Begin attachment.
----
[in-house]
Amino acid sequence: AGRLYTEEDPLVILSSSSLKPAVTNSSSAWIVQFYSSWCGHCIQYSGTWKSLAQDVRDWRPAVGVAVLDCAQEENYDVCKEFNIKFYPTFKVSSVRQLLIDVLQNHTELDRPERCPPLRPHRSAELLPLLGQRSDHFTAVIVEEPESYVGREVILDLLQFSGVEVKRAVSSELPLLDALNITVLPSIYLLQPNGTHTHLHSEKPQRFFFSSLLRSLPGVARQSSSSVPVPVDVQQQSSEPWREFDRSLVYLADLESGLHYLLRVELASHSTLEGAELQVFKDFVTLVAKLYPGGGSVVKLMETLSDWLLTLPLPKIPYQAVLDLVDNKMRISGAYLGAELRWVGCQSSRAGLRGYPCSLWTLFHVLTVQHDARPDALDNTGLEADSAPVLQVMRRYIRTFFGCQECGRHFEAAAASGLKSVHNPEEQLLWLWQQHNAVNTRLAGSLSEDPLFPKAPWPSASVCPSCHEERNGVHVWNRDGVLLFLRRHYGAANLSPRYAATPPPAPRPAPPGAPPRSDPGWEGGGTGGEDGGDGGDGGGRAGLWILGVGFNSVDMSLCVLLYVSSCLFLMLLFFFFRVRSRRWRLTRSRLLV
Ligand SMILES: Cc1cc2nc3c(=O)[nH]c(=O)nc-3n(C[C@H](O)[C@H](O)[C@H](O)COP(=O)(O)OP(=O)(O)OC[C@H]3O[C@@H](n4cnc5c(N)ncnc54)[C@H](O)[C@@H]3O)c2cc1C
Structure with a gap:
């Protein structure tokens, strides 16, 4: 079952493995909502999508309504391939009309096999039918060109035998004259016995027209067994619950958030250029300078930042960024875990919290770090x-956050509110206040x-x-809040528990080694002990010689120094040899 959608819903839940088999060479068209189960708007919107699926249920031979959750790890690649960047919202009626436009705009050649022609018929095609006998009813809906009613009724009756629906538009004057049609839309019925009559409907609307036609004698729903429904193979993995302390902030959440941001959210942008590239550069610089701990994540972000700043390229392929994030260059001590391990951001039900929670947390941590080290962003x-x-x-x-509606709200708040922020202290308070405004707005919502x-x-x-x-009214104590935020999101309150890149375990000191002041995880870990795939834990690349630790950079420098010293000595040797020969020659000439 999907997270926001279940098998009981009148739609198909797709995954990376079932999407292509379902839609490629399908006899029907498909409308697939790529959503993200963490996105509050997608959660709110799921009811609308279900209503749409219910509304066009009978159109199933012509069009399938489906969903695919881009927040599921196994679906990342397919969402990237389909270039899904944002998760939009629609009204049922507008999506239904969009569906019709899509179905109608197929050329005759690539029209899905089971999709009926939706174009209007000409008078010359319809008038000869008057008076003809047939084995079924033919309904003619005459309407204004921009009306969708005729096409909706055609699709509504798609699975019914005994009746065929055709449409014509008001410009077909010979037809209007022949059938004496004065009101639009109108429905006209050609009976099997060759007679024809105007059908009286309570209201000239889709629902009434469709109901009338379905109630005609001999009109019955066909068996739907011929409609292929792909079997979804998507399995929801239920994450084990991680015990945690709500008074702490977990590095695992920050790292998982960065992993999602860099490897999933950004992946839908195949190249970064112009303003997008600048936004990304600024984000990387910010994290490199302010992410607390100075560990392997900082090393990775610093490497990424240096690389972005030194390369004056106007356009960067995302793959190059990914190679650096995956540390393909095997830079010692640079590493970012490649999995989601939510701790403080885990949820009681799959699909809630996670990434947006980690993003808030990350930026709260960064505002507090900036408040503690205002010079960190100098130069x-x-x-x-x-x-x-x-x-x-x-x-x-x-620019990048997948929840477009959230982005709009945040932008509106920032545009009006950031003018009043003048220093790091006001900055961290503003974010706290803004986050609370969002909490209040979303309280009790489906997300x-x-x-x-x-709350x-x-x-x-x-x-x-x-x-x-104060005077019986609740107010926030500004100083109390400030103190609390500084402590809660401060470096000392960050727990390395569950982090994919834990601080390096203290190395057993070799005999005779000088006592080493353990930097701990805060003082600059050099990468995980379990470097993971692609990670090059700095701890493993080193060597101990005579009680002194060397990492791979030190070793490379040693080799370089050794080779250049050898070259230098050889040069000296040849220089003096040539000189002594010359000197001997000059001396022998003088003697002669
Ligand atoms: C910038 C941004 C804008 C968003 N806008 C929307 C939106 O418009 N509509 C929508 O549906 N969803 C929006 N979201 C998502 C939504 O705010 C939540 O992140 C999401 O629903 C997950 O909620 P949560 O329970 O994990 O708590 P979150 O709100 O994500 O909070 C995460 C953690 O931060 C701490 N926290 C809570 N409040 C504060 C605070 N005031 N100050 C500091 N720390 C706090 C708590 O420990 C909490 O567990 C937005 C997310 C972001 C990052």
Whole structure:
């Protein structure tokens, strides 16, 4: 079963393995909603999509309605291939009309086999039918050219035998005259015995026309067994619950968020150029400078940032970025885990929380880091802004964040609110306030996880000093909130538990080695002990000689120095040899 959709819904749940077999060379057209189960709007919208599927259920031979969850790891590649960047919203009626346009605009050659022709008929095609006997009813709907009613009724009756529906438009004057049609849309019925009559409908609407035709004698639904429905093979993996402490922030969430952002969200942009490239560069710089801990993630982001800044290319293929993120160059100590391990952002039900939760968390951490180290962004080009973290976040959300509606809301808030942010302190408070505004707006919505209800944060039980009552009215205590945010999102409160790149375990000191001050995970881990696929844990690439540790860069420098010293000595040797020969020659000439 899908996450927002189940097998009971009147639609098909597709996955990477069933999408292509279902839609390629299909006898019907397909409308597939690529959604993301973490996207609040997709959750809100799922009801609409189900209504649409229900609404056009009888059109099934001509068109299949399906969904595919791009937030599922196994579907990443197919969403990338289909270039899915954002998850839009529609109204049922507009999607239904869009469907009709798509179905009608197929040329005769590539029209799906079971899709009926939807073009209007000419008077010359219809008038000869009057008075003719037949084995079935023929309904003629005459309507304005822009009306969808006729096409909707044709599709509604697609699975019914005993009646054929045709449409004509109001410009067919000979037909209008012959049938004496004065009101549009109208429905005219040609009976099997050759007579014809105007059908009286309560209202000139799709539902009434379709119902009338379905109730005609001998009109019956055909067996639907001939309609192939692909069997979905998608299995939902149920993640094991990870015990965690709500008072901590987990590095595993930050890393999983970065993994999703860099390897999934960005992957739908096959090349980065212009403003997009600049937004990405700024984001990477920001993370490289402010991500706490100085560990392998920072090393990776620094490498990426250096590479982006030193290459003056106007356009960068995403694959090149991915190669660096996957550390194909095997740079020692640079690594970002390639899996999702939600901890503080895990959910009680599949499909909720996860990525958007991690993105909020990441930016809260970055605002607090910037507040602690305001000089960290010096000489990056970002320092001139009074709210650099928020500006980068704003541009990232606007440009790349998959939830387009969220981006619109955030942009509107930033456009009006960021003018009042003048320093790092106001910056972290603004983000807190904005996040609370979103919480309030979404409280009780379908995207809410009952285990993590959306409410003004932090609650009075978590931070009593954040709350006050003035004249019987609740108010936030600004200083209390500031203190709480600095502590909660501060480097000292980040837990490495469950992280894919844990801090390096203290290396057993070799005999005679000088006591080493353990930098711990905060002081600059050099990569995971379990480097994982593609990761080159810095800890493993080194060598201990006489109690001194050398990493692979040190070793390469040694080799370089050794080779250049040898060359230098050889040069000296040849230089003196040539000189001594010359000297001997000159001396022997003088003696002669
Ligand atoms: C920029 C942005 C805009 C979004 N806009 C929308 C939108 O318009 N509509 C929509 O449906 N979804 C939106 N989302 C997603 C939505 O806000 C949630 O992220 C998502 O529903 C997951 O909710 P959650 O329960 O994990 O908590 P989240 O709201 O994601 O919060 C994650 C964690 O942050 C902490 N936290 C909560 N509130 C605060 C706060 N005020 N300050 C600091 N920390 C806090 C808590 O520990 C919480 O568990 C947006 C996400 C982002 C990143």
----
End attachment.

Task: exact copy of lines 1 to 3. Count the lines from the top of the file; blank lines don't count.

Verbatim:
[in-house]
Amino acid sequence: AGRLYTEEDPLVILSSSSLKPAVTNSSSAWIVQFYSSWCGHCIQYSGTWKSLAQDVRDWRPAVGVAVLDCAQEENYDVCKEFNIKFYPTFKVSSVRQLLIDVLQNHTELDRPERCPPLRPHRSAELLPLLGQRSDHFTAVIVEEPESYVGREVILDLLQFSGVEVKRAVSSELPLLDALNITVLPSIYLLQPNGTHTHLHSEKPQRFFFSSLLRSLPGVARQSSSSVPVPVDVQQQSSEPWREFDRSLVYLADLESGLHYLLRVELASHSTLEGAELQVFKDFVTLVAKLYPGGGSVVKLMETLSDWLLTLPLPKIPYQAVLDLVDNKMRISGAYLGAELRWVGCQSSRAGLRGYPCSLWTLFHVLTVQHDARPDALDNTGLEADSAPVLQVMRRYIRTFFGCQECGRHFEAAAASGLKSVHNPEEQLLWLWQQHNAVNTRLAGSLSEDPLFPKAPWPSASVCPSCHEERNGVHVWNRDGVLLFLRRHYGAANLSPRYAATPPPAPRPAPPGAPPRSDPGWEGGGTGGEDGGDGGDGGGRAGLWILGVGFNSVDMSLCVLLYVSSCLFLMLLFFFFRVRSRRWRLTRSRLLV
Ligand SMILES: Cc1cc2nc3c(=O)[nH]c(=O)nc-3n(C[C@H](O)[C@H](O)[C@H](O)COP(=O)(O)OP(=O)(O)OC[C@H]3O[C@@H](n4cnc5c(N)ncnc54)[C@H](O)[C@@H]3O)c2cc1C